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Homework Help: Relativity Question

  1. Nov 12, 2008 #1
    1. The problem statement, all variables and given/known data
    In reference frame S two events occur at the same point; event A occurs 1.90 seconds before
    event B. In another frame, S′, event A occurs 2.45 seconds before event B. How far apart
    are events A and B in frame S′?

    2. Relevant equations
    x'=gamma (x-vt)
    t' = [t - vx/c^2] gamma

    3. The attempt at a solution
    I used the aforementioned mentioned Lorentz transformations. I know both T and t'. I'm trying to find x'. So I solved for x in both equations and tried to calculate x' but could not do so. Am I approaching the question correctly?
  2. jcsd
  3. Nov 12, 2008 #2


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    Science Advisor
    Homework Helper

    You can do that, but you don't want to solve for x. In the frame S, to which the coordinate x belongs, the events are at the same point, so you can take x to be zero. You know then x, t, t' and you want to find x'. You have two equations: one that will give you v, and the other can be used to then find x'.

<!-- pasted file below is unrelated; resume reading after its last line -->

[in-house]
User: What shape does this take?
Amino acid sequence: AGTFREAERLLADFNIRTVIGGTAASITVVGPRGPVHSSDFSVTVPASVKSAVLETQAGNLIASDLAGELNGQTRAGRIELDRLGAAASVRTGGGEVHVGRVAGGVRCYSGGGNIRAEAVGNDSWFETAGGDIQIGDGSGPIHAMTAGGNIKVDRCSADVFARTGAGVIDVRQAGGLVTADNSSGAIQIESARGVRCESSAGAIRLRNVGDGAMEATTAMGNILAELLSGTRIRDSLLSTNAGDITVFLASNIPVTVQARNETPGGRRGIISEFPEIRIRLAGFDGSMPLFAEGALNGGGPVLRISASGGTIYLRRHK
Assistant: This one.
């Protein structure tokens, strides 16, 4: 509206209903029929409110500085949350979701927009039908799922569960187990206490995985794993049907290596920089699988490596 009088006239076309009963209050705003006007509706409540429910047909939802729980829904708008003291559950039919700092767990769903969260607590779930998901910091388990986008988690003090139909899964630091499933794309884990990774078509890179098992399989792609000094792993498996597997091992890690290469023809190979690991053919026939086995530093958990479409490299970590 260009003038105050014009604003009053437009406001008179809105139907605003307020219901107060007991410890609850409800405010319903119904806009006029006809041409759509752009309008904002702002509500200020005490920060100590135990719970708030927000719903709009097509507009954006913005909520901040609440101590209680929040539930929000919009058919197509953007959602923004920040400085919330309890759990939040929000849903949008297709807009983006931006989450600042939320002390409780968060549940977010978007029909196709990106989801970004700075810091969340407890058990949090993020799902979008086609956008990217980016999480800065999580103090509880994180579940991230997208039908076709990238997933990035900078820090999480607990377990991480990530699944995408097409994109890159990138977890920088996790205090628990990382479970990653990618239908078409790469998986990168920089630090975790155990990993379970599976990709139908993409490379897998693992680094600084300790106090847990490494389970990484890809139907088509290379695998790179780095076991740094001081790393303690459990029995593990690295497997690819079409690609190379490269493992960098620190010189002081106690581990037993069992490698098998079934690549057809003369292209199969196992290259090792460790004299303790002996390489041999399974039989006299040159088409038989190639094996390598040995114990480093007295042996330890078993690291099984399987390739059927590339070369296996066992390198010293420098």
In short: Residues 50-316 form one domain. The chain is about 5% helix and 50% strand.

I don't know if you have learned this already, but it may also be useful that in (special relativistically) equivalent frames such as S and S', the quantity
    [tex]\Delta s^2 = - c^2 \Delta t^2 + d^2 [/tex]
    where [itex]d^2 = \Delta x^2 + \Delta y^2 + \Delta z^2[/itex] is the "ordinary" spatial distance given by Pythagoras' law, is a constant. So you could, for example, calculate [itex]\Delta s^2[/itex] in S first and then find [itex]\Delta x[/itex] in S' from that.

    If you have no idea what I just said in the second paragraph, please forget it and stick to the first one, that works as well :smile:
  4. Nov 12, 2008 #3
    Thank you so much!! I can't believe I didn't realize that x = 0!
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